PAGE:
Newly appointed Australian ambassador Pablo Chiho Kang yesterday told National Assembly President Heng Samrin his government is now working with experts to assist Cambodia in promoting construction safety standards.
Australia’s Minister for Foreign Affairs Marise Payne in December announced the appointment of Mr Kang as Australia’s next Ambassador to Cambodia, replacing Angela Corcoran.
Speaking to reporters, Mr Samrin’s cabinet chief Keo Piseth quoted Mr Kang as saying he was saddened by the loss of lives during recent building collapses in the Kingdom and also extended his condolences to their families.
“Ambassador Kang told President Samrin that the Australian government is now arranging for experts to cooperate with the Institute of Technology of Cambodia to improve construction safety standards,” Mr Piseth said.
He said Mr Samrin voiced appreciation for the Australian government’s support, pointing out both countries have been committed to supporting each other since diplomatic ties were established over 60 years ago.
A total of 36 people, including children were killed and 23 were injured after the collapse of the seven-storey building in Kep city on January 3. It is the third in Cambodia in less than seven months.
In June, the collapse of a Chinese-owned building in Sihanoukville killed 28 and injured 26 workers.
In December, three people were killed and more than a dozen sustained critical injuries in a temple building collapse in Siem Reap province’s Siem Reap city.
Khun Tharo, a programme coordinator of labour rights group Central, yesterday hailed the Australian government’s support and urged for the participation of relevant stakeholders, particularly those in the private construction sector.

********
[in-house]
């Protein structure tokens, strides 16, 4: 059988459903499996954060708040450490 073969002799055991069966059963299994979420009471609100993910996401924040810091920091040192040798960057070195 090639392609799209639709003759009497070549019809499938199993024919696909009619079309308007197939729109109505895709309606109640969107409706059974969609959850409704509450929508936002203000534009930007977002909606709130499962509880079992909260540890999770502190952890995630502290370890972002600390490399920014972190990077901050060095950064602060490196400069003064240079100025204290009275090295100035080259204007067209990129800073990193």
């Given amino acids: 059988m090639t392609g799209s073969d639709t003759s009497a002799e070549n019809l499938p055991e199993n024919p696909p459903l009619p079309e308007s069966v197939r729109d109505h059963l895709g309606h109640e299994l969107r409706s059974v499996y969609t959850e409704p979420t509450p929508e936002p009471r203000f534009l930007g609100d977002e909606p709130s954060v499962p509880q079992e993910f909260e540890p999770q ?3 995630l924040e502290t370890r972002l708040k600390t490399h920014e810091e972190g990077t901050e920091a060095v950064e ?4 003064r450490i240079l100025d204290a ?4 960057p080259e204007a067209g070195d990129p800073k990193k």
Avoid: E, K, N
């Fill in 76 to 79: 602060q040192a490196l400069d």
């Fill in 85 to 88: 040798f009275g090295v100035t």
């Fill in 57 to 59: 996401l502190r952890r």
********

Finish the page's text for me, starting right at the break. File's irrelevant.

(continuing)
“Australia is known for its high quality building construction and safety standards. This is important support for Cambodia,” he said. “However, I believe the contribution of related parties within the country is also important.”
Mr Tharo urged the government to conduct regular inspections on all buildings under construction to ensure that the projects comply with both the law and safety standards.
According to an overview of Australia’s aid programme on its Department of Foreign Affairs and Trade website, the country is a leading bilateral grant donor to Cambodia.
In 2018-19, Australia’s estimated official development assistance was at $79.7 million. This included an estimated $56.1 million in bilateral funding delivered in Cambodia through DFAT.
The department said since 2015, Australia’s aid investments have been prioritising three key objectives – improving access to infrastructure, increasing agricultural productivity, and better health and education.
Mr Piseth said during the meeting Mr Samrin called on the Australian government to increase the number of scholarships for Cambodian students and human resources required to boost development in the Kingdom.
“Mr Samrin also made several requests to the Australian ambassador which included investment and tourism cooperation,” he said.
Mr Piseth noted Mr Kang said many Australian investors are eyeing opportunities in Cambodia’s agriculture and infrastructure development.